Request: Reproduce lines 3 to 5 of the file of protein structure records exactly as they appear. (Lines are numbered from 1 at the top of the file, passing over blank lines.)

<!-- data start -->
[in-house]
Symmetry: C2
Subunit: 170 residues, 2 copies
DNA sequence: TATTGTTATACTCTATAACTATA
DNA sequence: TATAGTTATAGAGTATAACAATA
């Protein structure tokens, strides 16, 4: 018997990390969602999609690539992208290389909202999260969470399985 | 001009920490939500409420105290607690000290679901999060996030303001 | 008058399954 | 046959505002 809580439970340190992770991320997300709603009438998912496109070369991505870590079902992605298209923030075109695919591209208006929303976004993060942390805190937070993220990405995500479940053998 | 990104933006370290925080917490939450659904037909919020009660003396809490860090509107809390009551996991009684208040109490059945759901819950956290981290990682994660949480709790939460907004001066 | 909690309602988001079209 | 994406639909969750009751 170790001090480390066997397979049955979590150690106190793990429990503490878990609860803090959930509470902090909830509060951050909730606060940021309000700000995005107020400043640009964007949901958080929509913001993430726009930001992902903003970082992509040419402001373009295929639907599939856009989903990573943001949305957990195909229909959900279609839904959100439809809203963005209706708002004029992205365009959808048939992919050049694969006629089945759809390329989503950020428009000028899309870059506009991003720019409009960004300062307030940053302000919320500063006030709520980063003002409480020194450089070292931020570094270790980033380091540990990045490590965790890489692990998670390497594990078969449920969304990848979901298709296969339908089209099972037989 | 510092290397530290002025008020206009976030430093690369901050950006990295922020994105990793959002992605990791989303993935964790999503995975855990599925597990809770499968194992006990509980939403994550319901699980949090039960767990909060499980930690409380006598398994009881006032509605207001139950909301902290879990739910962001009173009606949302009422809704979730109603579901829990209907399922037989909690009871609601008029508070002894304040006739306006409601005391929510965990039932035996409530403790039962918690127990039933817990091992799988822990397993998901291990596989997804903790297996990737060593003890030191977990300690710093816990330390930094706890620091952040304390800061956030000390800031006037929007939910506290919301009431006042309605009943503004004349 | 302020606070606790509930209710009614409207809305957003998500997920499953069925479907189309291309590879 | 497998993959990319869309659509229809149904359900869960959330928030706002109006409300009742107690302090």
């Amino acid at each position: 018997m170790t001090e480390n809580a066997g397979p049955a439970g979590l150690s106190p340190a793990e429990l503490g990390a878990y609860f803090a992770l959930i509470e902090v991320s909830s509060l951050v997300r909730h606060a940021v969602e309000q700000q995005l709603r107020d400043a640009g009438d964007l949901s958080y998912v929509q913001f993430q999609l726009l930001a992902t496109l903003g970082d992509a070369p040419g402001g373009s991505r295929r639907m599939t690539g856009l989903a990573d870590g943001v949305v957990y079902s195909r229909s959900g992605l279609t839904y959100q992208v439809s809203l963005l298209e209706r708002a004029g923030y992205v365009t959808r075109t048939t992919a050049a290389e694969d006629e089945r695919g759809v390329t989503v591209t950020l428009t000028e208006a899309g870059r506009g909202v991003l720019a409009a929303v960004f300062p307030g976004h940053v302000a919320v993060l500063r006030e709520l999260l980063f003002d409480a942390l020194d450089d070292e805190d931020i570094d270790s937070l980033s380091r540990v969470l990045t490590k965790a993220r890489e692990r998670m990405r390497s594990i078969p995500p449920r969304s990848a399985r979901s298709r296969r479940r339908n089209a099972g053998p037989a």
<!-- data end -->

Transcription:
Subunit: 170 residues, 2 copies
DNA sequence: TATTGTTATACTCTATAACTATA
DNA sequence: TATAGTTATAGAGTATAACAATA